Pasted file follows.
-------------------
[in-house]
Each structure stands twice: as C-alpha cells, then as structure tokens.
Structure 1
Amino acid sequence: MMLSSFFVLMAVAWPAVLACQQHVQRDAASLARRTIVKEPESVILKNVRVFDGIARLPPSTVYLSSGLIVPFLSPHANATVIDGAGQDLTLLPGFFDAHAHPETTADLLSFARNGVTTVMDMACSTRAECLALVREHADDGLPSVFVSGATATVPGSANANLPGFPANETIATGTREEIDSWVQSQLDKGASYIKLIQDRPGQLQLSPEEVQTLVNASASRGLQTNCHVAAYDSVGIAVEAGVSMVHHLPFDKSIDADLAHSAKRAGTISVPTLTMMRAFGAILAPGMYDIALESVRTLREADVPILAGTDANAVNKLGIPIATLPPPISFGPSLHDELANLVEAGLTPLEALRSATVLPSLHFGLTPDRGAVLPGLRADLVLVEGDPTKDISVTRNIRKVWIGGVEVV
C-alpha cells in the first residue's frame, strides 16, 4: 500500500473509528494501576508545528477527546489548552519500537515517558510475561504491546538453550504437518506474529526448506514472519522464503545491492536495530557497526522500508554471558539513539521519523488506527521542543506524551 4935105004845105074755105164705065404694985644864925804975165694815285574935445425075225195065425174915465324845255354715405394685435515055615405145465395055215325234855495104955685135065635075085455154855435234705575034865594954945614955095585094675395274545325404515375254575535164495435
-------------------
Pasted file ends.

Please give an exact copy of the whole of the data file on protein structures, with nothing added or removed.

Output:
[in-house]
Each structure stands twice: as C-alpha cells, then as structure tokens.
Structure 1
Amino acid sequence: MMLSSFFVLMAVAWPAVLACQQHVQRDAASLARRTIVKEPESVILKNVRVFDGIARLPPSTVYLSSGLIVPFLSPHANATVIDGAGQDLTLLPGFFDAHAHPETTADLLSFARNGVTTVMDMACSTRAECLALVREHADDGLPSVFVSGATATVPGSANANLPGFPANETIATGTREEIDSWVQSQLDKGASYIKLIQDRPGQLQLSPEEVQTLVNASASRGLQTNCHVAAYDSVGIAVEAGVSMVHHLPFDKSIDADLAHSAKRAGTISVPTLTMMRAFGAILAPGMYDIALESVRTLREADVPILAGTDANAVNKLGIPIATLPPPISFGPSLHDELANLVEAGLTPLEALRSATVLPSLHFGLTPDRGAVLPGLRADLVLVEGDPTKDISVTRNIRKVWIGGVEVV
C-alpha cells in the first residue's frame, strides 16, 4: 500500500473509528494501576508545528477527546489548552519500537515517558510475561504491546538453550504437518506474529526448506514472519522464503545491492536495530557497526522500508554471558539513539521519523488506527521542543506524551 4935105004845105074755105164705065404694985644864925804975165694815285574935445425075225195065425174915465324845255354715405394685435515055615405145465395055215325234855495104955685135065635075085455154855435234705575034865594954945614955095585094675395274545325404515375254575535164495435